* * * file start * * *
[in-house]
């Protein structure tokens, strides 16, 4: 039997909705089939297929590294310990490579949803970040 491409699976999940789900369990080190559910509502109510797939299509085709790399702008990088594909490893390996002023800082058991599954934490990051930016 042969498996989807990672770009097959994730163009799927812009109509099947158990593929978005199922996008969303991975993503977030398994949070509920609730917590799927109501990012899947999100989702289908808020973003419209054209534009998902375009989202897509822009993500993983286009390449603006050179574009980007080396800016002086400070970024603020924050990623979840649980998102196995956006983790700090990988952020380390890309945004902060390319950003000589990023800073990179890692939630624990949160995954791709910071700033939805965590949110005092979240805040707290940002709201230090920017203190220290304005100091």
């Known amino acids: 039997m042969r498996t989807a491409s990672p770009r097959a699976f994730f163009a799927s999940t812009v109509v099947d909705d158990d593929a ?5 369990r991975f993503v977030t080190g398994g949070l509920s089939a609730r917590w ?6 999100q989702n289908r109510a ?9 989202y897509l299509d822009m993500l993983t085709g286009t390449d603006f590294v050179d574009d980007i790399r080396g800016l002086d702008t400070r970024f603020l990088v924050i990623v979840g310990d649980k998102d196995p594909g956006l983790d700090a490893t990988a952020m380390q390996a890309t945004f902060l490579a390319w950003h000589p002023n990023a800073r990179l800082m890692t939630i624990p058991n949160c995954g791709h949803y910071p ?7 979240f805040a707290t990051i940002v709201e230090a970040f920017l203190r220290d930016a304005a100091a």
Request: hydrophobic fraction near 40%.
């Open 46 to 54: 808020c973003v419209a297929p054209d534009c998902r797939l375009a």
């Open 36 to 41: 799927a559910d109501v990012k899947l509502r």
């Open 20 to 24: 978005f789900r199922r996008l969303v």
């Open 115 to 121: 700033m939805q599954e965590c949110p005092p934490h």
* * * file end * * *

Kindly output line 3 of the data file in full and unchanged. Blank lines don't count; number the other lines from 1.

């Known amino acids: 039997m042969r498996t989807a491409s990672p770009r097959a699976f994730f163009a799927s999940t812009v109509v099947d909705d158990d593929a ?5 369990r991975f993503v977030t080190g398994g949070l509920s089939a609730r917590w ?6 999100q989702n289908r109510a ?9 989202y897509l299509d822009m993500l993983t085709g286009t390449d603006f590294v050179d574009d980007i790399r080396g800016l002086d702008t400070r970024f603020l990088v924050i990623v979840g310990d649980k998102d196995p594909g956006l983790d700090a490893t990988a952020m380390q390996a890309t945004f902060l490579a390319w950003h000589p002023n990023a800073r990179l800082m890692t939630i624990p058991n949160c995954g791709h949803y910071p ?7 979240f805040a707290t990051i940002v709201e230090a970040f920017l203190r220290d930016a304005a100091a």